World History Moment: Otzi The Iceman

Researchers loading the more than 5,300-year-old mummy known as Otzi into a specially designed, refrigerated crate for his trip to the archeology museum in Bolzano, Italy on Friday January 16, 1998.
Researchers loading the more than 5,300-year-old mummy known as Otzi into a specially designed, refrigerated crate for his trip to the archeology museum in Bolzano, Italy on Friday January 16, 1998. AP Photo/Bernhard Grossruck
Researchers loading the more than 5,300-year-old mummy known as Otzi into a specially designed, refrigerated crate for his trip to the archeology museum in Bolzano, Italy on Friday January 16, 1998.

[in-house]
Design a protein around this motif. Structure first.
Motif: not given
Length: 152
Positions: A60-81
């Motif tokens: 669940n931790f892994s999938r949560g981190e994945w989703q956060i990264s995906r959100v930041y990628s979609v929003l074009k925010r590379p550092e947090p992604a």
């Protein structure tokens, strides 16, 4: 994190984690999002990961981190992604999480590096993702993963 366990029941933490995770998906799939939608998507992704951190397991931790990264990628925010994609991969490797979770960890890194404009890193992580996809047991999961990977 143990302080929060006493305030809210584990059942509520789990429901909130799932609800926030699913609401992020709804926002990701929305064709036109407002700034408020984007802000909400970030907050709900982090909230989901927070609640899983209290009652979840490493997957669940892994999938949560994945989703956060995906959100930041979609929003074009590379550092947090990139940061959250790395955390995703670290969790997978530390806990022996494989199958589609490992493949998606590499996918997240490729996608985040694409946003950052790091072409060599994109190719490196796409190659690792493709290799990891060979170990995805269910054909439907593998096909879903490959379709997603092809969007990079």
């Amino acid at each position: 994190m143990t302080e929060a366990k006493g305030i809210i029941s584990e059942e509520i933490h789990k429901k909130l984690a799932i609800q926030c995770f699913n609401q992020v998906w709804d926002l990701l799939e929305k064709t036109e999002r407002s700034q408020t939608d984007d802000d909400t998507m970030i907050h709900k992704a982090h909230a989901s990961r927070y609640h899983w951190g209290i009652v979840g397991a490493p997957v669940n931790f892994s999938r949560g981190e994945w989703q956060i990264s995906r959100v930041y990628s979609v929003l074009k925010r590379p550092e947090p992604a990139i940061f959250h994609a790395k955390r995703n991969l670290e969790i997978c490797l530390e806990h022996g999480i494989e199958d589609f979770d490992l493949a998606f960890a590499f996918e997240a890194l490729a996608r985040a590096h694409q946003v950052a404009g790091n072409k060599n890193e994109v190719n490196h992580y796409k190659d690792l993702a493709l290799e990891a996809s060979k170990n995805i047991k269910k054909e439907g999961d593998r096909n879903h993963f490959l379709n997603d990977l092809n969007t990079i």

Researchers loading the more than 5,300-year-old mummy known as Otzi into a specially designed, refrigerated crate for his trip to the archeology museum in Bolzano, Italy on Friday January 16, 1998. AP Photo/Bernhard Grossruck

World History Moment: Otzi The Iceman

On Sept. 19, 1991, a German couple was hiking in the Otzal Alps, on the boundary between Italy and Austria, when they came across the frozen body of a man who’d died over 5,000 years ago. Because of where he was found, he came to be known as “Otzi the Iceman.” Though there were older human mummies in Egypt and elsewhere, those had been preserved by artificial methods. Otzi had been preserved naturally by the ice. That meant his body was virtually intact and could be studied in detail. But because of how Otzi was found, the research ended up becoming an international incident. Historian John Schmidt shares the fate of Otzi the Iceman.